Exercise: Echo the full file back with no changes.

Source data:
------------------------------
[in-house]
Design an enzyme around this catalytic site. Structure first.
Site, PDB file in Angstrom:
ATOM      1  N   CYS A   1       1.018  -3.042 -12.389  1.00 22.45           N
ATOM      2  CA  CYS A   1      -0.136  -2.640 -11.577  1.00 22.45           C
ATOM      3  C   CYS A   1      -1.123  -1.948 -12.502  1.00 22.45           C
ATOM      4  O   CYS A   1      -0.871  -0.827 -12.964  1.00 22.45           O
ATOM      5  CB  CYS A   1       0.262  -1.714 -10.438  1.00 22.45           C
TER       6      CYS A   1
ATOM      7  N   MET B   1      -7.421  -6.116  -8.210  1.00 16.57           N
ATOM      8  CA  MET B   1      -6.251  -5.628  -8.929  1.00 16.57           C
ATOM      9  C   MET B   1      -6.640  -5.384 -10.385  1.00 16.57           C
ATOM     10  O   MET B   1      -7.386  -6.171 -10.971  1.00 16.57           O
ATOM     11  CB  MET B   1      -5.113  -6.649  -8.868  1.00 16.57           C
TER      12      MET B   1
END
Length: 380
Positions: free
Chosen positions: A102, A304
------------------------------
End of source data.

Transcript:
[in-house]
Design an enzyme around this catalytic site. Structure first.
Site, PDB file in Angstrom:
ATOM      1  N   CYS A   1       1.018  -3.042 -12.389  1.00 22.45           N
ATOM      2  CA  CYS A   1      -0.136  -2.640 -11.577  1.00 22.45           C
ATOM      3  C   CYS A   1      -1.123  -1.948 -12.502  1.00 22.45           C
ATOM      4  O   CYS A   1      -0.871  -0.827 -12.964  1.00 22.45           O
ATOM      5  CB  CYS A   1       0.262  -1.714 -10.438  1.00 22.45           C
TER       6      CYS A   1
ATOM      7  N   MET B   1      -7.421  -6.116  -8.210  1.00 16.57           N
ATOM      8  CA  MET B   1      -6.251  -5.628  -8.929  1.00 16.57           C
ATOM      9  C   MET B   1      -6.640  -5.384 -10.385  1.00 16.57           C
ATOM     10  O   MET B   1      -7.386  -6.171 -10.971  1.00 16.57           O
ATOM     11  CB  MET B   1      -5.113  -6.649  -8.868  1.00 16.57           C
TER      12      MET B   1
END
Length: 380
Positions: free
Chosen positions: A102, A304